Quiet celebrates introverts, not only explaining what an introvert is exactly (not what I originally thought… turns out I am one too) but also celebrating their achievements and how important they are in a world where it sometimes feels as if you can only get by if you are the loudest and brightest presence in the room.

I learnt a lot about myself and others through reading this book. I now know that I am a sensitive introvert, which explains why I very often feel hotter than other people do (I always wonder why office colleagues seem fine while I want to the open all the windows and buy a huge fan!!) and also why I find horror films absolutely unbearable. If you read this book, all of this will make sense…

Don’t think you are an introvert? You should still read it, because you will almost definitely know several, they may be your children, or you might be married to one. You will see them in a whole new light, and it will also show how your relationship can work in harmony with both personality types flourishing and all needs met.

Fantastic book for opening the mind and celebrating all people for their strengths. Loved it.


The Fault in Our Stars – by John Green.

Oh goodness. Where do I start.

What a beautiful book… Young Hazel meets Augustus Waters at the Cancer Kids Support Group and from then on unfolds a most devastatingly beautiful love story. Told from Hazel’s youthful voice, I found myself cackling out loud and then crying behind my sunglasses, absolutely heartbroken at this tale of young love in unusual circumstances.

How John Green has been able to write from the point of view of a teenage girl so effectively astounds me. Her outlook on the world and descriptions of the things and people around her were touching and memorable.

It’s the kind of book you can race through in a matter of hours, but be careful if you are on the bus or the train because you may well end up in tears!

I can’t believe it took me so long to get round to reading this, and I’m so glad I have.


Herd – by Mark Earls

Again, this isn’t a fictional book but another collection of facts and thoughts that blew my mind. Herd has attracted a strong following of marketers, business types, charity fundraisers, creatives and PR people through word of mouth recommendations and people generally raving about it – and that’s exactly what I am going to do.

Herd discusses human behaviour in the masses and then relates that back to the effective running of businesses and successful marketing. The book, which is a great introduction to the massive subject of social psychology is anything but dull, and includes studies and scientific information to back up some really inspiring points. Messages range from the importance of a belief system in business, to the brands that have taken on inspiring and successful campaigns, and all the while you learn about human nature as a whole that will make you look twice at some of the every day situations you might stumble upon.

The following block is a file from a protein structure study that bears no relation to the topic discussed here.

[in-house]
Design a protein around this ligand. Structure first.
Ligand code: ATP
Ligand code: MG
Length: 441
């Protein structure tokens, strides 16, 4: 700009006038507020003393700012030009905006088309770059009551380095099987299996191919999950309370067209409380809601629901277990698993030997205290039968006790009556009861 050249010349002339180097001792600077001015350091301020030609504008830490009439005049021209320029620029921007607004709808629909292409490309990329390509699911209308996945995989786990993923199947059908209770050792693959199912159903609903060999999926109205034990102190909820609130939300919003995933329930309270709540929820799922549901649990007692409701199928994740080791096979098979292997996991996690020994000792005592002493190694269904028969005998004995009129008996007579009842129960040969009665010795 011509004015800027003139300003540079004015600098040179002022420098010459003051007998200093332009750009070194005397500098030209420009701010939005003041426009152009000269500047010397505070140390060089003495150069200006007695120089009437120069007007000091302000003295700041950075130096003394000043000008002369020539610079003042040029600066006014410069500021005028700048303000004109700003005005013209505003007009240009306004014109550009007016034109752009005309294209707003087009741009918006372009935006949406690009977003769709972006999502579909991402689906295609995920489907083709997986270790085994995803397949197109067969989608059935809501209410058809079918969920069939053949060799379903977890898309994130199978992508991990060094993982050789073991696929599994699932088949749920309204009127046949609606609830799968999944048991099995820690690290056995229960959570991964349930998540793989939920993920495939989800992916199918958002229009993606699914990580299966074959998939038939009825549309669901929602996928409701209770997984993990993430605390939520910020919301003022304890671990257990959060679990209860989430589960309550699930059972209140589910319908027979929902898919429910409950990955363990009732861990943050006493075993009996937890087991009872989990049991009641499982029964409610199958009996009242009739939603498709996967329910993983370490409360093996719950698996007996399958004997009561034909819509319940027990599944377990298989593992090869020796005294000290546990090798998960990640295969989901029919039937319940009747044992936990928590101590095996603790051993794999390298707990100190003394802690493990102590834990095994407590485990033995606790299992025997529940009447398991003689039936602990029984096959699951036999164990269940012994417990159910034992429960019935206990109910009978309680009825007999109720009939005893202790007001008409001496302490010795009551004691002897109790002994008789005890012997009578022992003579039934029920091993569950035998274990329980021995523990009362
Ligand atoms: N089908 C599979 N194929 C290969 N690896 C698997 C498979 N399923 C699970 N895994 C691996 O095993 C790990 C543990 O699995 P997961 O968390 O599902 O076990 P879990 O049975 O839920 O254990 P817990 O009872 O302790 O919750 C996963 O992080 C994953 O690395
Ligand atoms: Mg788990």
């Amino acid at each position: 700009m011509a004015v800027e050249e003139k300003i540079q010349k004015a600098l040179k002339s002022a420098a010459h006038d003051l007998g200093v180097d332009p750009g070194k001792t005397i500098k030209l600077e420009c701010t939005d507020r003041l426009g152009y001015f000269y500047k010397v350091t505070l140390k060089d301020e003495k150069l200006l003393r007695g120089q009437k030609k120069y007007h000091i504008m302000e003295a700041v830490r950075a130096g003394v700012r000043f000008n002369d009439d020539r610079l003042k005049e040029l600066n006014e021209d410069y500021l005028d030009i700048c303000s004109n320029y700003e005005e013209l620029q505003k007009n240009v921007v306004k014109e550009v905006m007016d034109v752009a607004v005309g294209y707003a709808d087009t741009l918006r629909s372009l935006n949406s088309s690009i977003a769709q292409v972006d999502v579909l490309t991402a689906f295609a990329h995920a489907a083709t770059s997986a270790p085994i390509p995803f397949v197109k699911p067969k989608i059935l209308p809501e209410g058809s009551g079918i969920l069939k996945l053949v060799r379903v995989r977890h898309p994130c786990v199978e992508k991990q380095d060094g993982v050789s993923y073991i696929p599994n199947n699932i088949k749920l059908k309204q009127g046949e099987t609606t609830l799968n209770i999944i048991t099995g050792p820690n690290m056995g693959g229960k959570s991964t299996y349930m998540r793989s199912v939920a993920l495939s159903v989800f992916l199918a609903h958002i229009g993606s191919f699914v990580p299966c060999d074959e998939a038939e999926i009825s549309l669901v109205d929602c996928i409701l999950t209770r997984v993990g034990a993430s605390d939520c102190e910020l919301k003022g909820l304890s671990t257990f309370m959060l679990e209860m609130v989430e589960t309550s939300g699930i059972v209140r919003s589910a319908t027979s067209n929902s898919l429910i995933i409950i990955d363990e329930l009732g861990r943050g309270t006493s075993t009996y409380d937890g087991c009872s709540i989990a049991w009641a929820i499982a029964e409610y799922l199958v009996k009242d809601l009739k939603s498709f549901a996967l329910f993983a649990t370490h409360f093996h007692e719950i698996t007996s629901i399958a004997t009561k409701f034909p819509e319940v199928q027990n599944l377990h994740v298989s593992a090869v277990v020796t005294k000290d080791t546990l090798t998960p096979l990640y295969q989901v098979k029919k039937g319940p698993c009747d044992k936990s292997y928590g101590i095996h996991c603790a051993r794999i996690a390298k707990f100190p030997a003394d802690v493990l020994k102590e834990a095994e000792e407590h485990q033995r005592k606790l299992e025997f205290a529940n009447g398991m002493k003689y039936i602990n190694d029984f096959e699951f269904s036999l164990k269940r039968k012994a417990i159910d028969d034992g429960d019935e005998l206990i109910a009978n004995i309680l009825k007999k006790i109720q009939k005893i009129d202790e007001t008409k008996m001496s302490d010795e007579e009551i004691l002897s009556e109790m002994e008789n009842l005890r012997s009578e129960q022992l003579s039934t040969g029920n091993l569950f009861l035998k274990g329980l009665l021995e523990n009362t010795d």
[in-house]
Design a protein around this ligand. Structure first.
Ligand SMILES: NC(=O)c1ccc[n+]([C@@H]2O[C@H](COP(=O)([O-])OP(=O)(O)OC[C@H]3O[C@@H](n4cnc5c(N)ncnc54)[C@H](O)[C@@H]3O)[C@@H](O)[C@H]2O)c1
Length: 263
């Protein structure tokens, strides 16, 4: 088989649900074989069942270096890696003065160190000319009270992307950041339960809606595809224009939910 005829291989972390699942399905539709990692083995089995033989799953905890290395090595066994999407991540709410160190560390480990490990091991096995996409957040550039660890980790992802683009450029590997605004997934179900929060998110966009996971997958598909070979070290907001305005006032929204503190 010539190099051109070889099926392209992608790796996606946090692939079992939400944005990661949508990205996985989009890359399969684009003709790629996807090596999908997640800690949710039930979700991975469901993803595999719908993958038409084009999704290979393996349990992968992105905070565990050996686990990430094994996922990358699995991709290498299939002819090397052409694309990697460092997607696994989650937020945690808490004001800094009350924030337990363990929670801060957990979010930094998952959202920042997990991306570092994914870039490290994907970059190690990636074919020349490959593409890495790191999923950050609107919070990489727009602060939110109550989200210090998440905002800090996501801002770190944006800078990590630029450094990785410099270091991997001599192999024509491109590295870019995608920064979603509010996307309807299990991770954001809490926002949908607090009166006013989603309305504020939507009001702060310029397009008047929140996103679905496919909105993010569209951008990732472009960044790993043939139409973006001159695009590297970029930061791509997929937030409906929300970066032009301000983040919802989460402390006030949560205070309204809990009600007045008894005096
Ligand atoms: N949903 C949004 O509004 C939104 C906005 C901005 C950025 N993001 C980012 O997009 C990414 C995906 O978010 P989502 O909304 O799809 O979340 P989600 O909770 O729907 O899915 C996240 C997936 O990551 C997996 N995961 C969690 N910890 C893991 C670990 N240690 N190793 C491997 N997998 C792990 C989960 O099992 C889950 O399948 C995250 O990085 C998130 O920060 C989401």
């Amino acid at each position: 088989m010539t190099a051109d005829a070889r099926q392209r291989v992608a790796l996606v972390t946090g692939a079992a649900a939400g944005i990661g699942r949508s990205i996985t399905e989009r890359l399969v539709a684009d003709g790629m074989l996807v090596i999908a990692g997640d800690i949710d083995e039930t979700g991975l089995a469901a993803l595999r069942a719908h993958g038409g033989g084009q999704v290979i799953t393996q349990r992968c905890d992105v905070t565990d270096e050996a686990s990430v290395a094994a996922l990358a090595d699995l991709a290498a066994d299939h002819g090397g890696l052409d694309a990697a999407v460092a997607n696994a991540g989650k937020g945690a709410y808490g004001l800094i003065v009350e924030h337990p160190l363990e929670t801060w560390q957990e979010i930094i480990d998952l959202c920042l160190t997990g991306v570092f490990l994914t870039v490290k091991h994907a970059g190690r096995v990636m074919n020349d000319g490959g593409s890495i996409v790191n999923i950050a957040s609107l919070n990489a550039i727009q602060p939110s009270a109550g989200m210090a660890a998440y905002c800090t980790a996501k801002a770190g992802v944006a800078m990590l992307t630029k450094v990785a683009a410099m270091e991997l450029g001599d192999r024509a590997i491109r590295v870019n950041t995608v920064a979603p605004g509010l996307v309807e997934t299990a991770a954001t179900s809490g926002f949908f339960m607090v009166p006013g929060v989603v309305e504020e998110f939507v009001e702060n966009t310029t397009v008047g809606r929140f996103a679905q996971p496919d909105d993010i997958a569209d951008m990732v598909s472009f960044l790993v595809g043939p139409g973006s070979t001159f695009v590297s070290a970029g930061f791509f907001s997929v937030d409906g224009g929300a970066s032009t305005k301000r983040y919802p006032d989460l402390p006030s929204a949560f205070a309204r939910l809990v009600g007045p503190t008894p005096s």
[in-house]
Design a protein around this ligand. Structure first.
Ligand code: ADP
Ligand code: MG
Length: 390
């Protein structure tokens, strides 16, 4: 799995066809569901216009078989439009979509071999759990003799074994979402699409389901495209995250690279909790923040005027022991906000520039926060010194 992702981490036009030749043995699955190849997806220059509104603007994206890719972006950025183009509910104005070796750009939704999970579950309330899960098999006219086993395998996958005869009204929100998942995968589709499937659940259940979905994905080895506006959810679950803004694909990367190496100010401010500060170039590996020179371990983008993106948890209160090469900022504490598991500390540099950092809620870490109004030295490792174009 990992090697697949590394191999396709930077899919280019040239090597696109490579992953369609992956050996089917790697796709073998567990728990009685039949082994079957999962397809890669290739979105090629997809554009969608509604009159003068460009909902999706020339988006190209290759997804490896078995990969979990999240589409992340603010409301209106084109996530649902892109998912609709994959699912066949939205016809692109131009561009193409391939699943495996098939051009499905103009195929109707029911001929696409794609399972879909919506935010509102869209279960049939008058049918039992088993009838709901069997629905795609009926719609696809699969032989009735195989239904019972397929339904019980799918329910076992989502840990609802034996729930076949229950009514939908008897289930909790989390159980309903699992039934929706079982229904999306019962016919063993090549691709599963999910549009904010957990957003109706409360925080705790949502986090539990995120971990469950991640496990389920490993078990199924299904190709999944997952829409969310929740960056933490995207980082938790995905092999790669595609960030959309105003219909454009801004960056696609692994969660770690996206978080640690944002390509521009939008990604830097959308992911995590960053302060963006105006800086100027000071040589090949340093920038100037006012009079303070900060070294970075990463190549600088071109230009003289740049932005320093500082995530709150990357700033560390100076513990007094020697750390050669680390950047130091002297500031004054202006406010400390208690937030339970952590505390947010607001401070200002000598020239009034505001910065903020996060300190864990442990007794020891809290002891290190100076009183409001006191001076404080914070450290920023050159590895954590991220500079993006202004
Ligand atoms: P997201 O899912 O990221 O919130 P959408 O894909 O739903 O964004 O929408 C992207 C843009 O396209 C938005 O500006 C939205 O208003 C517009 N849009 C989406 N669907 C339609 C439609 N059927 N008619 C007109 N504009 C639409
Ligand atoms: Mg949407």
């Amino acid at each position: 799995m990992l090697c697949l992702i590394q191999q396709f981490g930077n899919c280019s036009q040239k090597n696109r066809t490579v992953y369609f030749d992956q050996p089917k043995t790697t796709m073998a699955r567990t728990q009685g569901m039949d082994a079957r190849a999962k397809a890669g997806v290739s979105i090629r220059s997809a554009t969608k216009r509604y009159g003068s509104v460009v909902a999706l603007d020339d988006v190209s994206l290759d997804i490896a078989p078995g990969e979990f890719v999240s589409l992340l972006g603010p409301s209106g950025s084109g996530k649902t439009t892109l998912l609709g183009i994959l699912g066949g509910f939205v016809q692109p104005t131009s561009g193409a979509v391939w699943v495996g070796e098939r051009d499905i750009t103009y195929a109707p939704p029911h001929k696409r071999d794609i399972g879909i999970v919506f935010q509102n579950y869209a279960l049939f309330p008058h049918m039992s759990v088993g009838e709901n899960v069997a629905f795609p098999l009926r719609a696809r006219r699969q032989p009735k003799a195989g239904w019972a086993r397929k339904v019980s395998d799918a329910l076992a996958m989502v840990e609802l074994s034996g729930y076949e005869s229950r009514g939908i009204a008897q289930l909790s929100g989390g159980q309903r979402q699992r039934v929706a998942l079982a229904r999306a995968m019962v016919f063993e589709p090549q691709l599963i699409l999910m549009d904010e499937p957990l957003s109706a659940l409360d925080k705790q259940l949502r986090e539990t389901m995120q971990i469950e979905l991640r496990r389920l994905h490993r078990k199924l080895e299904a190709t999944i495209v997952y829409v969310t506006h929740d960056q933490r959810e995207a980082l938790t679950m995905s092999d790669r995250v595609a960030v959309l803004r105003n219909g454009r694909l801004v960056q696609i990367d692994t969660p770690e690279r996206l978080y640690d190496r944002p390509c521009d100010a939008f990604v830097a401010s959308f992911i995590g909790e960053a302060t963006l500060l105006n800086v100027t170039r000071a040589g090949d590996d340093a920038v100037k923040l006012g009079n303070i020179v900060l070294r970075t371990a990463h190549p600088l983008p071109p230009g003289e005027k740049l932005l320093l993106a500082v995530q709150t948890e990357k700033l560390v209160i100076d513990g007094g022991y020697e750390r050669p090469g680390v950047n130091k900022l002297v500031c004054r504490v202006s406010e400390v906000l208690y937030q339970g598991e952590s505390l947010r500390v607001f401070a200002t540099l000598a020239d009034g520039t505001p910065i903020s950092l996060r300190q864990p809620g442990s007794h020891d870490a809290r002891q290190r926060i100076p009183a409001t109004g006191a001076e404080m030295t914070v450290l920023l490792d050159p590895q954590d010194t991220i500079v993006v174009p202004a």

The only slight downside was that occasionally I was desperate for the author to expand on some points he just mentioned briefly, but that only implies there is room for more work on the subject, which can only be a good thing.

It doesn’t matter what industry you work in really, there is always a lot to be learned from this book. Thank you Mr Earls for such an inspirational book.


Great films… 500 Days of Summer

Zooey Deschanel who plays Summer in 500 Days of Summer

Zooey Deschanel who plays Summer in 500 Days of Summer

This weekend I watched 500 Days of Summer.

Saturday’s viewing of this film was probably the 500th time I’ve seen it too… I have to be honest here, I’m a 500 Days of Summer geek. I know it well, too well. I know the words to each and every song as the film unfolds, I know what line is coming next, it’s all got a little out of hand.

I remember the first time I went to see this film at the cinema. For me, it was one of those rare times you watch a movie and feel so inspired by it that you want to write. I absolutely adored it, and still do.

It was a major inspiration to me when I wrote This is a Love Story, and as TIALS was the first novel I wrote, it brings about very fond memories.

There are so many reasons why I love this film, and here are some of them…

(***WARNING: May contain spoilers***)